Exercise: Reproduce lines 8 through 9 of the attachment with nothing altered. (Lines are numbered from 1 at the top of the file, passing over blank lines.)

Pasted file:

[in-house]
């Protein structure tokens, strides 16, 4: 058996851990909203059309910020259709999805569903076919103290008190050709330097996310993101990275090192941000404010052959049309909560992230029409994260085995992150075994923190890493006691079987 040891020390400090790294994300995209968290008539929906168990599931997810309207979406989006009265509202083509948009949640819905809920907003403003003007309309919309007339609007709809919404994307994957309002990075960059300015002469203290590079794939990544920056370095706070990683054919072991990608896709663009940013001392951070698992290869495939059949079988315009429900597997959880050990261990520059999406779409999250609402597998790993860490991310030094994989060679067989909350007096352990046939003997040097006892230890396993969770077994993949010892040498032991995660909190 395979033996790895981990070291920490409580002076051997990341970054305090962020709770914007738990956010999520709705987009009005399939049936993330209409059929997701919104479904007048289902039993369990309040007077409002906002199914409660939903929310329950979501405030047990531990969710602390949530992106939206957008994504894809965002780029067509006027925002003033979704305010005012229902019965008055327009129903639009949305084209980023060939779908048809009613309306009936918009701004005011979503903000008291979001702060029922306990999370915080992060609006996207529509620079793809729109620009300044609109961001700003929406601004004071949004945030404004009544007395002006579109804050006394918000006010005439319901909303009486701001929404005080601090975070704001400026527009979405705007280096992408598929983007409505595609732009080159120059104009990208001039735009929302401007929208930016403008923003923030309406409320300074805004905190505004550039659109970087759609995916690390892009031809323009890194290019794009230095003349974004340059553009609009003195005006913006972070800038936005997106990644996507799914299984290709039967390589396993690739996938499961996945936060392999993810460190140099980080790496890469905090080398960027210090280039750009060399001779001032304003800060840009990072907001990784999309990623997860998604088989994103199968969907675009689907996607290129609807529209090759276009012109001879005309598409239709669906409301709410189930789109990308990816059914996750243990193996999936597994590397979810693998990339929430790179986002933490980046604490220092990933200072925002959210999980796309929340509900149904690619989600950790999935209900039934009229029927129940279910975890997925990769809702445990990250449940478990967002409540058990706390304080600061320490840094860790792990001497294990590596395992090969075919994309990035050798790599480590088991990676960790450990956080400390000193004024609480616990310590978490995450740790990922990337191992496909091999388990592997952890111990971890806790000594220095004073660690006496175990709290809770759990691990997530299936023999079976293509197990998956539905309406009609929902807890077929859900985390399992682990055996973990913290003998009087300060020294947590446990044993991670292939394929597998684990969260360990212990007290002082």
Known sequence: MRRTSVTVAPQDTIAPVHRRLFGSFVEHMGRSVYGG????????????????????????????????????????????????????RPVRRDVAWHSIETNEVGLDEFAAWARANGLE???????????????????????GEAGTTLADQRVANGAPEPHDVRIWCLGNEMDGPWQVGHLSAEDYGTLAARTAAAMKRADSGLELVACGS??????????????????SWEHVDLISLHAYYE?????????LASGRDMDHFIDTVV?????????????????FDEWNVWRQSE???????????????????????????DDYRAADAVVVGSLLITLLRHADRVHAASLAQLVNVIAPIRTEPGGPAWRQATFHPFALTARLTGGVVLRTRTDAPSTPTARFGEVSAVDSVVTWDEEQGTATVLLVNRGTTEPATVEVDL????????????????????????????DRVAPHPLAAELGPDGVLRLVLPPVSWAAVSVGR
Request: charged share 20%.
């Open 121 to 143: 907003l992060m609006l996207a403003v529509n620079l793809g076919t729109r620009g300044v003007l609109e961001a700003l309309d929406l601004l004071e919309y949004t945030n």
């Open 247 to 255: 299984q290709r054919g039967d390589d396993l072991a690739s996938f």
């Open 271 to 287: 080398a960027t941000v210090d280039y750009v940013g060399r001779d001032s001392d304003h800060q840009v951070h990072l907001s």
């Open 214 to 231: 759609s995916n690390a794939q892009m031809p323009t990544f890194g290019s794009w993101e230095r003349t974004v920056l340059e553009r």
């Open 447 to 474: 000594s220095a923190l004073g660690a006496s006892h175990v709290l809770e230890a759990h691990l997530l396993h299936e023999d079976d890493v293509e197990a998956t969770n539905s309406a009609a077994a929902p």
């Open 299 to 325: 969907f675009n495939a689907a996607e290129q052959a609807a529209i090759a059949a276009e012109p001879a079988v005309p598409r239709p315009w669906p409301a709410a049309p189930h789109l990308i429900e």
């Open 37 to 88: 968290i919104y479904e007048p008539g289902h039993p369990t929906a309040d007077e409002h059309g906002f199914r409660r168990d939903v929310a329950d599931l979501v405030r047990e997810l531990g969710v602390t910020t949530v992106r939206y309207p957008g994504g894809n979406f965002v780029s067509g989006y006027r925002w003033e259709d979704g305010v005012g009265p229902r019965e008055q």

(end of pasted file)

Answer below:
């Open 214 to 231: 759609s995916n690390a794939q892009m031809p323009t990544f890194g290019s794009w993101e230095r003349t974004v920056l340059e553009r």
């Open 447 to 474: 000594s220095a923190l004073g660690a006496s006892h175990v709290l809770e230890a759990h691990l997530l396993h299936e023999d079976d890493v293509e197990a998956t969770n539905s309406a009609a077994a929902p």